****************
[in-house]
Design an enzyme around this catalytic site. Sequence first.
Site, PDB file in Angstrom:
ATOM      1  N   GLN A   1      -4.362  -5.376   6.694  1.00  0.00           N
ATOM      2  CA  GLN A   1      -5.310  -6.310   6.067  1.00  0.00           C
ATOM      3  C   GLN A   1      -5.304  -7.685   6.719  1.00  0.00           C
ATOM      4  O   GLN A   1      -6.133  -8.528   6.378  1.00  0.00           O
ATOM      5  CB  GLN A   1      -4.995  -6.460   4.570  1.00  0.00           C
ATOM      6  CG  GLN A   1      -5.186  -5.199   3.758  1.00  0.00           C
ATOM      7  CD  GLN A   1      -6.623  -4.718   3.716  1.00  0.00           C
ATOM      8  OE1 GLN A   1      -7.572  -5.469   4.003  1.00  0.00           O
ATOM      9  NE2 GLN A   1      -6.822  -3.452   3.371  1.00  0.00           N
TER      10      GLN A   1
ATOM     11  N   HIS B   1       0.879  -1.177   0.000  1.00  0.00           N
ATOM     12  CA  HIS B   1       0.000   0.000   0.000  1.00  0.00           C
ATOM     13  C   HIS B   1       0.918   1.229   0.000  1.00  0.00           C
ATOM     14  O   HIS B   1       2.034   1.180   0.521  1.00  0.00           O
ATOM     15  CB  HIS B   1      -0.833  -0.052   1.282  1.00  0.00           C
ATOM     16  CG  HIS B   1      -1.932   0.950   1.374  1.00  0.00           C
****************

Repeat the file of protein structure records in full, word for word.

[in-house]
Design an enzyme around this catalytic site. Sequence first.
Site, PDB file in Angstrom:
ATOM      1  N   GLN A   1      -4.362  -5.376   6.694  1.00  0.00           N
ATOM      2  CA  GLN A   1      -5.310  -6.310   6.067  1.00  0.00           C
ATOM      3  C   GLN A   1      -5.304  -7.685   6.719  1.00  0.00           C
ATOM      4  O   GLN A   1      -6.133  -8.528   6.378  1.00  0.00           O
ATOM      5  CB  GLN A   1      -4.995  -6.460   4.570  1.00  0.00           C
ATOM      6  CG  GLN A   1      -5.186  -5.199   3.758  1.00  0.00           C
ATOM      7  CD  GLN A   1      -6.623  -4.718   3.716  1.00  0.00           C
ATOM      8  OE1 GLN A   1      -7.572  -5.469   4.003  1.00  0.00           O
ATOM      9  NE2 GLN A   1      -6.822  -3.452   3.371  1.00  0.00           N
TER      10      GLN A   1
ATOM     11  N   HIS B   1       0.879  -1.177   0.000  1.00  0.00           N
ATOM     12  CA  HIS B   1       0.000   0.000   0.000  1.00  0.00           C
ATOM     13  C   HIS B   1       0.918   1.229   0.000  1.00  0.00           C
ATOM     14  O   HIS B   1       2.034   1.180   0.521  1.00  0.00           O
ATOM     15  CB  HIS B   1      -0.833  -0.052   1.282  1.00  0.00           C
ATOM     16  CG  HIS B   1      -1.932   0.950   1.374  1.00  0.00           C